Due to the tough measures proposed by Melbourne Councilor Richard Foster, City Mayor Robert Doyle has said that it may not be enforceable even if he favours the measure.
The proposal seeks to expand the coverage of the smoking ban the council passed in 2012 by including all public areas, making it one of the toughest smoking ban laws in the world.
Mr Doyle expressed concern over the enforceability of a very tough regulation because experience from other countries that made similar bans on lighting up in public are rarely enforced.
"If it is not enforceable then a law becomes a laughing stock," The Age quoted Mr Doyle, who disclosed that his mother died a few years ago of lung cancer due to cigarette smoking.
While most Melbourne councilors expressed support for measures to further cut the damaging effect of passive smoke in public areas, they declined to comment on a total ban in public places until there is further discussion on the controversial proposal.
More Australian city councils are imposing similar measures. One of them is Perth which unanimously favoured on Tuesday night a smoking prohibition on pedestrian malls.
Perth Mayor Lisa Scaffidi added that she is in favour of making the public ban citywide similar to Melbourne's plan.
If more Australian cities would follow Melbourne's initiative, Australia may further go down the list of the per capita cigarette consumption from its current standing of 41st place with 1,130 cigarette sticks per adult annually.
According to a Wikipedia list, the top 10 cigarette-burning countries are:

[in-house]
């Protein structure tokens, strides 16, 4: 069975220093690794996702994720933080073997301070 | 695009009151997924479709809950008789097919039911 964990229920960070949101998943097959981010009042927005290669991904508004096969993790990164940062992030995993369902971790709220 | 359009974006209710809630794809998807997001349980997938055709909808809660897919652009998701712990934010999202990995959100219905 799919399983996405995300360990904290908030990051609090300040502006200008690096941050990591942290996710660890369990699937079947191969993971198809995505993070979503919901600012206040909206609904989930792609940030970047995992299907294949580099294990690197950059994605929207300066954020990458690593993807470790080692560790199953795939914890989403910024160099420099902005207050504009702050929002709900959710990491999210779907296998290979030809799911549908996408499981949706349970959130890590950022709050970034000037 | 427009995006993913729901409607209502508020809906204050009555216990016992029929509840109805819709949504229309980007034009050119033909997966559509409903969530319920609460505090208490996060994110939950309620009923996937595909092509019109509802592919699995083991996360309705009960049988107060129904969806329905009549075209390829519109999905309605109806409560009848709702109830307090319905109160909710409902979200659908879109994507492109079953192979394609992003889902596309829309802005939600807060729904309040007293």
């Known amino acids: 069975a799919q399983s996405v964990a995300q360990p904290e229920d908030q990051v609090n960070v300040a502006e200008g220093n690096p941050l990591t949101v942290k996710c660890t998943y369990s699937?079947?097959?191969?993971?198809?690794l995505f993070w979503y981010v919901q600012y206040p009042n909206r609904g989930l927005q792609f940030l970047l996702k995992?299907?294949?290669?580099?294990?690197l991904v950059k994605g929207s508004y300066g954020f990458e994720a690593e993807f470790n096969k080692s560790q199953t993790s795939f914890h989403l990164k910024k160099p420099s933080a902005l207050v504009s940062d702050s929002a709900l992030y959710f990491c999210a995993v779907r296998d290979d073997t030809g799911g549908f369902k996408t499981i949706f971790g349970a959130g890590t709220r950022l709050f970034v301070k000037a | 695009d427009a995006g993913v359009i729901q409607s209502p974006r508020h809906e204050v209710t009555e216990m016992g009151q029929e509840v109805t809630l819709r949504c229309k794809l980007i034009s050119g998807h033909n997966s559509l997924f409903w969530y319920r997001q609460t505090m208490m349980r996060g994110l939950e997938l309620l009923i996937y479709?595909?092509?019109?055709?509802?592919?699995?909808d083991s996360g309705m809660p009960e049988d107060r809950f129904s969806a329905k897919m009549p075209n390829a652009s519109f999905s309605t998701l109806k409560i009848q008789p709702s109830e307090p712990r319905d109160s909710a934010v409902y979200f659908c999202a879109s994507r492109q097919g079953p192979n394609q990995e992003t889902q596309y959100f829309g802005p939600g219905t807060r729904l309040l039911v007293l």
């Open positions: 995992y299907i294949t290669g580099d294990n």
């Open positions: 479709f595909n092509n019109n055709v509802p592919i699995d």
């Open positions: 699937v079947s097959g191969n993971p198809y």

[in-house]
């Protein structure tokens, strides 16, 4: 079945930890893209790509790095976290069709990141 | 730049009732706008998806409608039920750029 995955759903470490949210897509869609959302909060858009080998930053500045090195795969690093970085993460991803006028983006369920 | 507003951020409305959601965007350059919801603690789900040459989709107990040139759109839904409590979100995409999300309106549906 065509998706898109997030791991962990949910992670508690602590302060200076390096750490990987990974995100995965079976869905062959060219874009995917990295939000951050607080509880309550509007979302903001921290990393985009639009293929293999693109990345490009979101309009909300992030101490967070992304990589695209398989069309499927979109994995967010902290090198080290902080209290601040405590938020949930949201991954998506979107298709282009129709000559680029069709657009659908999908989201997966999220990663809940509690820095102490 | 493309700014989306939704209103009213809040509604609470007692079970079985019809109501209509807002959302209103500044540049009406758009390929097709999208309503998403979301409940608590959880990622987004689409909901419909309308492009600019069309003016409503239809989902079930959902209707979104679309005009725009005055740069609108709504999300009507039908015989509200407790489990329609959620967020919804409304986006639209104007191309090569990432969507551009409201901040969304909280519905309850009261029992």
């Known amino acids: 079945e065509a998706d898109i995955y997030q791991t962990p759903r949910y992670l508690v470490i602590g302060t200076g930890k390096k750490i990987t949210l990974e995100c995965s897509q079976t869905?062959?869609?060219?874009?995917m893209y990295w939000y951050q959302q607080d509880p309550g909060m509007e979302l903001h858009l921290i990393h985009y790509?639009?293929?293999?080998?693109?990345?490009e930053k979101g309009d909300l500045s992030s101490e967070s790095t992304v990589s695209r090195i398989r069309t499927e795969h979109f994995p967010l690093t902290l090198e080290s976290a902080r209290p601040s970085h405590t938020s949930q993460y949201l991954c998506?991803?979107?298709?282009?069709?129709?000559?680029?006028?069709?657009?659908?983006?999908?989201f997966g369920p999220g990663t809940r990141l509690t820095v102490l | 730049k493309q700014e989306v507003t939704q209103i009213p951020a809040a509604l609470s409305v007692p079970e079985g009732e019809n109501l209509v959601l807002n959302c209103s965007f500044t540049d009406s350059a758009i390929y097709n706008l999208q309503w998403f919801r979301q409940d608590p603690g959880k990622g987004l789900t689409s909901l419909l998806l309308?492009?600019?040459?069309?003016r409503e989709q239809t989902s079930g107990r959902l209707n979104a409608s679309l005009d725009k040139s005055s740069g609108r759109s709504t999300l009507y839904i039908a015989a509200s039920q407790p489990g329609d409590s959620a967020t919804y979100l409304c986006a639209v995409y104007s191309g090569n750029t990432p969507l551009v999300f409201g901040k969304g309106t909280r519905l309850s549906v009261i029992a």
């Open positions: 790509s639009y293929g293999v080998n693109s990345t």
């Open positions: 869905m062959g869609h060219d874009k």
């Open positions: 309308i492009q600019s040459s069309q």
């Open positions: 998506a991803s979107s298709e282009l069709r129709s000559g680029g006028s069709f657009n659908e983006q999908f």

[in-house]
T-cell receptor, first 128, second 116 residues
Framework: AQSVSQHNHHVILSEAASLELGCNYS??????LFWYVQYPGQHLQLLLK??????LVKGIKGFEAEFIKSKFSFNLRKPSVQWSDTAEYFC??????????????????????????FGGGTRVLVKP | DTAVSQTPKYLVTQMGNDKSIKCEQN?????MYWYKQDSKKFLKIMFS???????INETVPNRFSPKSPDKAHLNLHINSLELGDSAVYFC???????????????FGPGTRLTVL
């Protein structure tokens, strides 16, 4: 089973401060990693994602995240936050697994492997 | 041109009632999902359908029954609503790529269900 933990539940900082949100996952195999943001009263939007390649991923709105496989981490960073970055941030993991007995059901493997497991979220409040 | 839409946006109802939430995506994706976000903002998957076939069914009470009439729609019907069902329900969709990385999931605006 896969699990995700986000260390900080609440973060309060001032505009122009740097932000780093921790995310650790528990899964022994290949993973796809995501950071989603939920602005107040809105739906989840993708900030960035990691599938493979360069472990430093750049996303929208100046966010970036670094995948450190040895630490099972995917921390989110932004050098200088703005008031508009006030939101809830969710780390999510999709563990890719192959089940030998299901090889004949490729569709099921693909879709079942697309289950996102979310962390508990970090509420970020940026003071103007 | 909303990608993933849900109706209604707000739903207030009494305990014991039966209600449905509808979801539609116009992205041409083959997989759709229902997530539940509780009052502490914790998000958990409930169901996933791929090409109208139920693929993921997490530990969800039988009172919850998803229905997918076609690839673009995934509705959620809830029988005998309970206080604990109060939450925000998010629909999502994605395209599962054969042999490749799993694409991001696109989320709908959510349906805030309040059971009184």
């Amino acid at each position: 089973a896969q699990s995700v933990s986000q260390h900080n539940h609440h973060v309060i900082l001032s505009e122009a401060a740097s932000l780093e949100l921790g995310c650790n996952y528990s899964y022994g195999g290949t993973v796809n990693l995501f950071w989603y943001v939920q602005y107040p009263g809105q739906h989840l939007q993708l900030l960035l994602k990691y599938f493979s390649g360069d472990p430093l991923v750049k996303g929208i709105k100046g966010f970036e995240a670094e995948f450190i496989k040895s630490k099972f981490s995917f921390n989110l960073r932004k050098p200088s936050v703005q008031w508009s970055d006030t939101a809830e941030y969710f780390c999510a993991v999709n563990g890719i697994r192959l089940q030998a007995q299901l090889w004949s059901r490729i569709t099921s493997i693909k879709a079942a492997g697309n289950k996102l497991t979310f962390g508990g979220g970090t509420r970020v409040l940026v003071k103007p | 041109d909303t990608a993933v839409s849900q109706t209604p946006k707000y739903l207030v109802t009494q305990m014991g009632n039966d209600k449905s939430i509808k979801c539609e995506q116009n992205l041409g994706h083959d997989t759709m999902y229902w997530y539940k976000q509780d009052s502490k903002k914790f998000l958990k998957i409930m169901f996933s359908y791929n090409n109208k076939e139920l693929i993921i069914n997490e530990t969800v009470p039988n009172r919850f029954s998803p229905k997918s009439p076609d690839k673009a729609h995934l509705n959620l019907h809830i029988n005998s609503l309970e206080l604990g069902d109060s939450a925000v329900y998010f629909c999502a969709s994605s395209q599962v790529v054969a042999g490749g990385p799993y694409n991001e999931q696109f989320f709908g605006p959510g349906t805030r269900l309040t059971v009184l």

1. Greece - 3,017 sticks per adult per year
2. Slovenia - 2,537
3. Ukraine - 2,526
4. Bulgaria - 2,437
5. Czech Republic - 2,368
6. Macedonia - 2,336
7. Russia - 2,319
8. Moldova - 2,239
9. Spain - 2,225
10. Bosnia and Herzegovina - 2,145.
The United States is two spots ahead of Australia in 39th place with 1,196 sticks, Canada is way below on the 57th place with 897 sticks and New Zealand further down on 76th place with 565 cigarettes.
Significantly, the bottom five nations with the least number of cigarette consumption are poor African nations, namely, Ethiopia at 121st place (52); Zambia, 120th place (71); Sudan, 119th place (75); Ghana, 118th place (80); and Zimbabwe, 117th place (86). In this instance, poverty appears to be a blessing-in-disguise because it had prevented citizens of these poor nations from taking the bad habit.
Mr Doyle's argument about weak enforcement appears valid because in the case of Greece, although a law was passed which banned smoking in all workplaces, transport stations, taxies, passenger ships and all enclosed public spaces, most owners of coffee shops, pubs and restaurants flout the law because of weak enforcement.